Patients experiencing disease progression after being treated with a neoadjuvant EGFR targeting agent plus chemotherapy for triple negative breast cancer (TNBC) showed distinctive genomic alterations rather than a comprehensive genomic pattern, according to findings from a hypothesis-generating study presented during ESMO 2017, the Annual Congress of the European Society for Medical Oncology in Madrid, Spain.
Nina Radosevic-Robin, from French National Institute for Health and Medical Research (INSERM) group U1240 (University Clermont Auvergne, Centre Jean Perrin, Department of Pathology) in Clermont-Ferrand, France and colleagues from Memorial Sloan Kettering Cancer Centre in New York, NY, USA investigated the possible genomic determinants of disease recurrence in two neoadjuvant trials (NCT00933517 and NCT00600249) testing the activity of the anti-EGFR antibodies panitumumab and cetuximab combined with chemotherapy in locally advanced TNBC.
The investigators analysed pre-treatment tumour tissue samples and post-treatment residual tumours by next-generation sequencing (NGS), using a targeted exome panel (MSK-IMPACT) containing 410 cancer-related genes. The analysis included data of 15 patients who achieved pathological complete response (pCR) and 33 patients who did not.
In the analysed cohort, 9 out of 33 patients without pCR experienced recurrence within 2 years after surgery.
Five of those patients experienced early fatal metastatic recurrences (within less than one year post–surgery). Five other patients (1 pCR, 4 non-pCR) demonstrated later non-fatal recurrence, at more than one but less than 2 years post-surgery.
Twenty-three patients having residual tumours did not experience a recurrence up to 5 years post-surgery.
Among the 15 patients achieving pCR, one patient had a later non-fatal recurrence consisting of a solitary brain metastasis.
Analysis of patients having disease recurrence yielded patient specific genomic alterations
The association between disease recurrence and NGS findings was analysed in a case-by-case fashion, which yielded patient-specific genomic alterations, without obvious genomic pattern predictive of recurrence.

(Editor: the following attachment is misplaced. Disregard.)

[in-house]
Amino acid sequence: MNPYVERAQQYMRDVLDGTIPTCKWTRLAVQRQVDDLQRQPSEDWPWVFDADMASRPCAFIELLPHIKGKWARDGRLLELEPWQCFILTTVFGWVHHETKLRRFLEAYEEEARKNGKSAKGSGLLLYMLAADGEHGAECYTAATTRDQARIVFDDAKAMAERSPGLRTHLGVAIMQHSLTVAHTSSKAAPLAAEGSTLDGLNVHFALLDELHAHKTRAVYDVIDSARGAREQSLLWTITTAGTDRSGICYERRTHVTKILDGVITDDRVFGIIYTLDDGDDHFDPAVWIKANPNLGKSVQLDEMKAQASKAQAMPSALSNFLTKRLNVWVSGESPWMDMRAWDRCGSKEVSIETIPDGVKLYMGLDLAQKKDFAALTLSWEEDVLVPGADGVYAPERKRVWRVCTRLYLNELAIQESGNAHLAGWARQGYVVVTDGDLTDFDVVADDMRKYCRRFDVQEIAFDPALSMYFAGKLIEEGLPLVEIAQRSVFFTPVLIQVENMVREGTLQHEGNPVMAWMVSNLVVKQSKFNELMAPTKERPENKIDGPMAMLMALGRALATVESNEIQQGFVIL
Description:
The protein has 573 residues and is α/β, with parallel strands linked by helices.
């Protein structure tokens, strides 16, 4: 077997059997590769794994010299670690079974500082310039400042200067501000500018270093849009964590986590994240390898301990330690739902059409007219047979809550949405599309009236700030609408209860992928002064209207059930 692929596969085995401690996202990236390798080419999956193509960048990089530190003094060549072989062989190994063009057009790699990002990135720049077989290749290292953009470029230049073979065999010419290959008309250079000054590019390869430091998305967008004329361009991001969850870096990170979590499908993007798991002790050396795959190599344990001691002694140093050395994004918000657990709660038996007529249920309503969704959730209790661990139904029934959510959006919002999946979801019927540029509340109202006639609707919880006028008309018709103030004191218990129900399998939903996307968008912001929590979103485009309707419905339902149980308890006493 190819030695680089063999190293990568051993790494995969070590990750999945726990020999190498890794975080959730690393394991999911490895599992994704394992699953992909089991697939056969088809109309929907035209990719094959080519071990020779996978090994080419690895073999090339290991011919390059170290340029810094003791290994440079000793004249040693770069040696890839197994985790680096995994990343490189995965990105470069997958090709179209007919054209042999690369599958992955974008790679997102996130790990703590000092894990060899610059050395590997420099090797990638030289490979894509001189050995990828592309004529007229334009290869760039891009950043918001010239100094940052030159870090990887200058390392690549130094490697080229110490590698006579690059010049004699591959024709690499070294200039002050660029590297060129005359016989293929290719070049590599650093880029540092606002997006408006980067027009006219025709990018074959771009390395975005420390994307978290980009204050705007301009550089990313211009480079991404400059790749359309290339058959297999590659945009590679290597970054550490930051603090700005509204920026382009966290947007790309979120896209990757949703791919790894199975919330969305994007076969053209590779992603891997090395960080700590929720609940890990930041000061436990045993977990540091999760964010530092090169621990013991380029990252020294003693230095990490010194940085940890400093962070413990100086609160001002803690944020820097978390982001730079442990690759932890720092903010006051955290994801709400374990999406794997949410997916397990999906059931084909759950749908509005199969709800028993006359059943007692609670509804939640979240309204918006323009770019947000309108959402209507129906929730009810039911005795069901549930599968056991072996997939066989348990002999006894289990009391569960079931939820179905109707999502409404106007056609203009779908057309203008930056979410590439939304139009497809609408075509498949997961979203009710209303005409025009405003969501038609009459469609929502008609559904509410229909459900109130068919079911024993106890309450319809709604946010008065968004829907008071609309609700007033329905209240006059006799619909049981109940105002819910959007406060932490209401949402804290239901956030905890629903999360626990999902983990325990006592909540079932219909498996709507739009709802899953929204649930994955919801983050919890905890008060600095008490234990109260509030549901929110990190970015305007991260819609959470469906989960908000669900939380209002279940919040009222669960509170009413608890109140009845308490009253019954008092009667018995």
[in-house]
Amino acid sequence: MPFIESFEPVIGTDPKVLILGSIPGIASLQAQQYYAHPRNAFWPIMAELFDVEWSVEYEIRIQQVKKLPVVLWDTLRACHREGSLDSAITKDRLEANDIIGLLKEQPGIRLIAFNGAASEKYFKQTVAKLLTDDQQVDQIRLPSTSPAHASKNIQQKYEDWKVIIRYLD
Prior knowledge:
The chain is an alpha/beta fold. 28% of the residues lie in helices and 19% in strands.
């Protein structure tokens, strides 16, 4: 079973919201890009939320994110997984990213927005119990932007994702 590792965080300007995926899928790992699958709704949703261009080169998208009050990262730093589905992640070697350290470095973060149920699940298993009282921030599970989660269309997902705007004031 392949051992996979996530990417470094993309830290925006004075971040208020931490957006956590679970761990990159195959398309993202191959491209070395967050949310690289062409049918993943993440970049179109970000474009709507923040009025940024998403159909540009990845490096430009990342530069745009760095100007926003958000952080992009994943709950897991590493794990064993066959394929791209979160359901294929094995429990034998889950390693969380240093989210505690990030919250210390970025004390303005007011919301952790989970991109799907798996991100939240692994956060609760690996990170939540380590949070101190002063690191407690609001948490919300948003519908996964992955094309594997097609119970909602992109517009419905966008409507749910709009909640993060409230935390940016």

Interestingly, SOX9 amplification was found in tumours of 3 out of 5 patients with early fatal metastatic recurrence and nowhere else in this series.
Post-neoadjuvant residual tumours of each patient experiencing an early fatal metastatic recurrence had an individual set of genomic anomalies. For example, patient one had no mutations, but SOX9, AKT1 and TGFBR2 amplified, together with TERT loss. Patient two had SOX9, RAD21 and NOTCH2 amplified, as well as mutations in PTEN, PIK3CA, ERBB3 and ARID1B. Patient three had SOX9 and MYC amplified, PTEN lost and KDM6A mutated. Patient four had mutated RAF1, FGFR2, MLL2, and GLI1, with numerous copy number alterations of other genes. Patient five had SETD2 mutation, HIST2H3D, HIST2H3C, MCL1 and EZH2 amplification, as well as loss of MAP3K1.
The patient who achieved pCR but later developed a single brain metastasis had BRCA1, MLL2, CDK12, and PPM1D mutation, in the pre-therapy sample.
Various genomic aberrations were detected in other non-pCR patients, for example 3 different activating mutations in PIK3CA in one single residual tumour, and the post-treatment appearance of HRAS G12S mutation or PARP1 amplification.
This study draws attention at SOX9 amplification as a potential mechanism of resistance to therapy and metastatic progression of TNBC. Although small, the study confirmed important inter-tumour heterogeneity of TNBC and the need to interpret NGS findings in the context of other tumour features, such as histology, gene and protein expression, immune infiltrates.
Aleix Prat of the Medical Oncology Department, Hospital Clínic of Barcelona, University of Barcelona who discussed the study results said although strong preclinical data exists, further studies looking at the mechanistic role of SOX9 in patients with breast cancer are needed. The prognostic value of SOX9 amplification in TNBC beyond tumour load, proliferation and immune infiltration must be established.
From a predictive point of view, SOX9 itself might be difficult to target. Instead, targeting SOX9 upstream/downstream signalling pathways should be explored (e.g. PML with arsenic trioxide).
This study was funded by the Breast Cancer Research Fund.
LBA12 – Radosevic-Robin N, et al. Genomic analyses reveal potential recurrence markers of locally advanced triple negative breast cancer treated by combined neoadjuvant EGFR targeting and chemotherapy.